The density of the logic block depends upon the length and number of wire segments used for Routing. Configurable Logic Block may consist of single Basic Logic Element (BLE) or clusters of BLE which are interconnected. BLE consists of LUT (Look Up Table), Flip-Flop and Multiplexer as shown in the Fig. 3.

Architecture of FPGA

Fig. 3 – Architecture of Field Programmable Gate Array (FPGA)

I/O Blocks (Input/output Blocks)

I/O Blocks consists of interfacing pins which helps in connecting Logic blocks to external components. They are located at the periphery of the grid and also connected to the Interconnection Matrix.

Interconnection Matrix

The function of Routing the signals and providing connections between the Logic Blocks and I/O Blocks is the task of Interconnection Matrix. It consists of wires and switches to establish the connection within FPGA.

How does Field Programmable Gate Array (FPGA) Work

FPGA’s are used as functional blocks in a system which are initially not configured. They are prefabricated and customized according to the application. Configuration is achieved through programming, using VHDL (Very High Definition Language) or Verilog by the end user. The configuration is done through SRAM cells, EPROM or EEPROM.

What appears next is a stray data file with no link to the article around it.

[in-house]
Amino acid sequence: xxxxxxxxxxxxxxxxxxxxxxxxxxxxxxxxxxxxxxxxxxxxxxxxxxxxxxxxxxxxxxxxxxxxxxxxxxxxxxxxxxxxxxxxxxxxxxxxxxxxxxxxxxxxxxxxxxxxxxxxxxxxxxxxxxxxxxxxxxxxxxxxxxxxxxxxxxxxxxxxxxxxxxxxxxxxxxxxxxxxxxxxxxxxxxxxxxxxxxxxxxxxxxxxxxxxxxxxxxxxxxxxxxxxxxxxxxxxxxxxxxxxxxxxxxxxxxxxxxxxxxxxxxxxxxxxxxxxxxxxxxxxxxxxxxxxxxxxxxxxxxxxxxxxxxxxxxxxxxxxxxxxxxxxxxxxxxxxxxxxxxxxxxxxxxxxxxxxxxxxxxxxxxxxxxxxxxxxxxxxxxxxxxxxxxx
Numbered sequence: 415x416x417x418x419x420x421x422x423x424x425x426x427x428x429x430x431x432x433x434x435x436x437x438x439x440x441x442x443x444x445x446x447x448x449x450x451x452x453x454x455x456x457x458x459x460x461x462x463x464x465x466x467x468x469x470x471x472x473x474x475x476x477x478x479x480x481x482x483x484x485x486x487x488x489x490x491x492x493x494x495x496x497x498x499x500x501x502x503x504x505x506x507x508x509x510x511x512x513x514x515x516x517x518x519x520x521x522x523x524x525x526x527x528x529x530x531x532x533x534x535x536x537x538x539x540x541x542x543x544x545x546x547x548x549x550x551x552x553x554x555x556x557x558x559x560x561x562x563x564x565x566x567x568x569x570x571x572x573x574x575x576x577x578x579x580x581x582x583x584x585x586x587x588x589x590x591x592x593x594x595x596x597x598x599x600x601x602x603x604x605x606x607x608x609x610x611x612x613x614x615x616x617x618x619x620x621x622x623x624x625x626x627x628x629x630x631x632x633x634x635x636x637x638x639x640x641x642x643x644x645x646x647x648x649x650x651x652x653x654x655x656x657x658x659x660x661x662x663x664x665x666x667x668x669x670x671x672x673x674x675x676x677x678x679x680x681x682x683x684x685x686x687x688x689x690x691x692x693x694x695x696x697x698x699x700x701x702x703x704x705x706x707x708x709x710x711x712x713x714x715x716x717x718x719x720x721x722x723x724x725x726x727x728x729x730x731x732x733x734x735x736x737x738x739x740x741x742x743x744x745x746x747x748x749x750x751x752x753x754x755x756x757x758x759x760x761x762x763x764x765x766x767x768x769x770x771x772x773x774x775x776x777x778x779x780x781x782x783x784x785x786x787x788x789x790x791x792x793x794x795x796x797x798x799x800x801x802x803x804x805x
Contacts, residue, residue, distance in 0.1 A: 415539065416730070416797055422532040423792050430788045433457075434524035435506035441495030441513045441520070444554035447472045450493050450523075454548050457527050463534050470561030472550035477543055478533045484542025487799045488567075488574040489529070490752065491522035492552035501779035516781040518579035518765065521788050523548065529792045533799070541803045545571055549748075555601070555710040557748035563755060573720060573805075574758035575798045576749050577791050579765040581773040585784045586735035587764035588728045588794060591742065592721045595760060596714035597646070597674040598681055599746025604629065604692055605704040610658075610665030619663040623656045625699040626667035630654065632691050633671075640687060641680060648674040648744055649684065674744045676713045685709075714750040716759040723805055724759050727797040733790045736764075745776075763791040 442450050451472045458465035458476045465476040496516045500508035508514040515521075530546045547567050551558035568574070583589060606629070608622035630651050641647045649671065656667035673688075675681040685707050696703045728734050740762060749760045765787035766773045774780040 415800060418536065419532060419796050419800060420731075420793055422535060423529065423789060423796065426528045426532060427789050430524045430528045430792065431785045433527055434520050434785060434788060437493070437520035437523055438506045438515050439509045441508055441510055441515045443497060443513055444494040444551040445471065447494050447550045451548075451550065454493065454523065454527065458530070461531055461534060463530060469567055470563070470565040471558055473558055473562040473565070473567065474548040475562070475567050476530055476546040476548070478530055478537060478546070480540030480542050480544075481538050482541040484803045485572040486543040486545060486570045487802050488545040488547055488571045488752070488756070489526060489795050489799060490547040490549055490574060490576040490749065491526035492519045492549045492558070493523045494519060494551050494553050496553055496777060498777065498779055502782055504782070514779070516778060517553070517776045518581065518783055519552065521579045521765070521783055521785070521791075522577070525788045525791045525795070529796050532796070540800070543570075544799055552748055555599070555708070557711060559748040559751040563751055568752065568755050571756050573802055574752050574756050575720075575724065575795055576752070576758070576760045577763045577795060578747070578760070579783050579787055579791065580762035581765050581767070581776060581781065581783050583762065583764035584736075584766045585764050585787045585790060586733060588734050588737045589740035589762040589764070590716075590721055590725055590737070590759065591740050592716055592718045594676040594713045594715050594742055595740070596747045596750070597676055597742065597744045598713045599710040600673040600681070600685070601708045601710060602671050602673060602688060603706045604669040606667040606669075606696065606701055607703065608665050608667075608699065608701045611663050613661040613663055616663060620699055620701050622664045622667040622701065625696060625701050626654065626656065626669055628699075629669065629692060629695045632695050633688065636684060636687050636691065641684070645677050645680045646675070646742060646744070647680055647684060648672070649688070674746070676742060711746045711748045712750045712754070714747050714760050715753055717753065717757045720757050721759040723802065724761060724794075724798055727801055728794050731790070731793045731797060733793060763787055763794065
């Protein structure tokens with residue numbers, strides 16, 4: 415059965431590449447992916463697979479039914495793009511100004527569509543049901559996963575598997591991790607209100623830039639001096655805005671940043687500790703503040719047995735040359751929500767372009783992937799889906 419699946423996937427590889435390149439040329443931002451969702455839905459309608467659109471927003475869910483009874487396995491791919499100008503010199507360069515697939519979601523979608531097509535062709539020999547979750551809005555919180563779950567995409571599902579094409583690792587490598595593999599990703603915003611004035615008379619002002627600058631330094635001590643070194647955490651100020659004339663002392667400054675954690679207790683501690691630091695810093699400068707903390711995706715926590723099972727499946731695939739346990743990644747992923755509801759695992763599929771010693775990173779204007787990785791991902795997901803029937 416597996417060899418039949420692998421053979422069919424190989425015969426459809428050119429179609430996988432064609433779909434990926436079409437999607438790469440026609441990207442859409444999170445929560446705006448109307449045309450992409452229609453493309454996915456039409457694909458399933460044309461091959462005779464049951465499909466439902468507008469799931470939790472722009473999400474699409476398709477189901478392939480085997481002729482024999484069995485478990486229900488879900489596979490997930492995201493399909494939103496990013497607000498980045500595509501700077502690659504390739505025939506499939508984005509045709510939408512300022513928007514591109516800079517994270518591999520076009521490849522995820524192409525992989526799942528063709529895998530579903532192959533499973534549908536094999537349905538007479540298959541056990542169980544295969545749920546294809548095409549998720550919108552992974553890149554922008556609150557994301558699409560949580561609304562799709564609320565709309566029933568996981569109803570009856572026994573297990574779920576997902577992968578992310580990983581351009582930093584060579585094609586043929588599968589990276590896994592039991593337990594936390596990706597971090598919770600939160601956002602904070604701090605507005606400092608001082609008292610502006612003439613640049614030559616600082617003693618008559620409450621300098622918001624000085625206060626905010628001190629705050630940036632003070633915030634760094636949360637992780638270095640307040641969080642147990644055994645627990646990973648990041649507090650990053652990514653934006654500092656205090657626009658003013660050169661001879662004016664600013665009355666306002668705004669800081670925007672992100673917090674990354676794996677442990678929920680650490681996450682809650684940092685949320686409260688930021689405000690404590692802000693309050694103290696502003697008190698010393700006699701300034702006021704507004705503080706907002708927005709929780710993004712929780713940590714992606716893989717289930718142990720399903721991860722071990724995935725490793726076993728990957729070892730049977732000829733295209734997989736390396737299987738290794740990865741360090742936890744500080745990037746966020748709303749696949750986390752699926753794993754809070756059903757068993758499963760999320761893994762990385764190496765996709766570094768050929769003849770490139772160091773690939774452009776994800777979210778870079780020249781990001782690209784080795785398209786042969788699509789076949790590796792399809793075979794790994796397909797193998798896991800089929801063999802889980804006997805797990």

FPGA reads its configuration from its memory. Logic function is compiled using a software on a computer. Binary file is synthesized and programmed on to FPGA chip for logic emulation.

SRAM based FPGA’s are widely used in varied applications and hence let us focus on the working principle of SRAM-FPGA’s. In this type, memory cells are scattered throughout Field Programmable Gate Array. SRAM (also called Static Random Access Memory) is used to store the programmed value.

Let us consider Fig.4 which shows schematic representation of Configurable Logic Block. Basically, FPGA’s use LUT’s (Look Up Tables) for creating digital logic. This structure contains LUT’s which are used to map input values to output values. Logic Block has programmable Flip-Flop’s and multi programmable Multiplexers.

Look Up Tables are configured using Bit-stream to implement Boolean function. It has four inputs A, B, C, D and the 16 inputs to the Multiplexers determine the Boolean function to be implemented based on the entries of the Truth Table.